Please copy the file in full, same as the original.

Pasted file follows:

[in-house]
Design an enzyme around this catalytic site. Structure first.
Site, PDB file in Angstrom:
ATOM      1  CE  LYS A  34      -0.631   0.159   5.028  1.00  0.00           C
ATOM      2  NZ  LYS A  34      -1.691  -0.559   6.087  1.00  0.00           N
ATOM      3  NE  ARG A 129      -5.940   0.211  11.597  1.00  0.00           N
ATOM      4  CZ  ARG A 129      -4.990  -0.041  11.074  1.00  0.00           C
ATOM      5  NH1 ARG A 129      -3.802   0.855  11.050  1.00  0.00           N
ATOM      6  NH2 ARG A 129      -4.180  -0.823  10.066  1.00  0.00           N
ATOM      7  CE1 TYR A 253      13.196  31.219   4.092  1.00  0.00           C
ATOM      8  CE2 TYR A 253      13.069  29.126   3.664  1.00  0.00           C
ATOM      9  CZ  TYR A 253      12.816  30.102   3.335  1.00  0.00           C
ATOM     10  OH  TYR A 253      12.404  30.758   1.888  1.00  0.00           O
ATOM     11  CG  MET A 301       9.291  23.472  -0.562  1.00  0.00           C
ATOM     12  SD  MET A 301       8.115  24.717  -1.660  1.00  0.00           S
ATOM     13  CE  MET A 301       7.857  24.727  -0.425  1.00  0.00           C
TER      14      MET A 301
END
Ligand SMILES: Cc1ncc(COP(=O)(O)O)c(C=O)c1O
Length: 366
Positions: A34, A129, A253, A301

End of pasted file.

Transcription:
[in-house]
Design an enzyme around this catalytic site. Structure first.
Site, PDB file in Angstrom:
ATOM      1  CE  LYS A  34      -0.631   0.159   5.028  1.00  0.00           C
ATOM      2  NZ  LYS A  34      -1.691  -0.559   6.087  1.00  0.00           N
ATOM      3  NE  ARG A 129      -5.940   0.211  11.597  1.00  0.00           N
ATOM      4  CZ  ARG A 129      -4.990  -0.041  11.074  1.00  0.00           C
ATOM      5  NH1 ARG A 129      -3.802   0.855  11.050  1.00  0.00           N
ATOM      6  NH2 ARG A 129      -4.180  -0.823  10.066  1.00  0.00           N
ATOM      7  CE1 TYR A 253      13.196  31.219   4.092  1.00  0.00           C
ATOM      8  CE2 TYR A 253      13.069  29.126   3.664  1.00  0.00           C
ATOM      9  CZ  TYR A 253      12.816  30.102   3.335  1.00  0.00           C
ATOM     10  OH  TYR A 253      12.404  30.758   1.888  1.00  0.00           O
ATOM     11  CG  MET A 301       9.291  23.472  -0.562  1.00  0.00           C
ATOM     12  SD  MET A 301       8.115  24.717  -1.660  1.00  0.00           S
ATOM     13  CE  MET A 301       7.857  24.727  -0.425  1.00  0.00           C
TER      14      MET A 301
END
Ligand SMILES: Cc1ncc(COP(=O)(O)O)c(C=O)c1O
Length: 366
Positions: A34, A129, A253, A301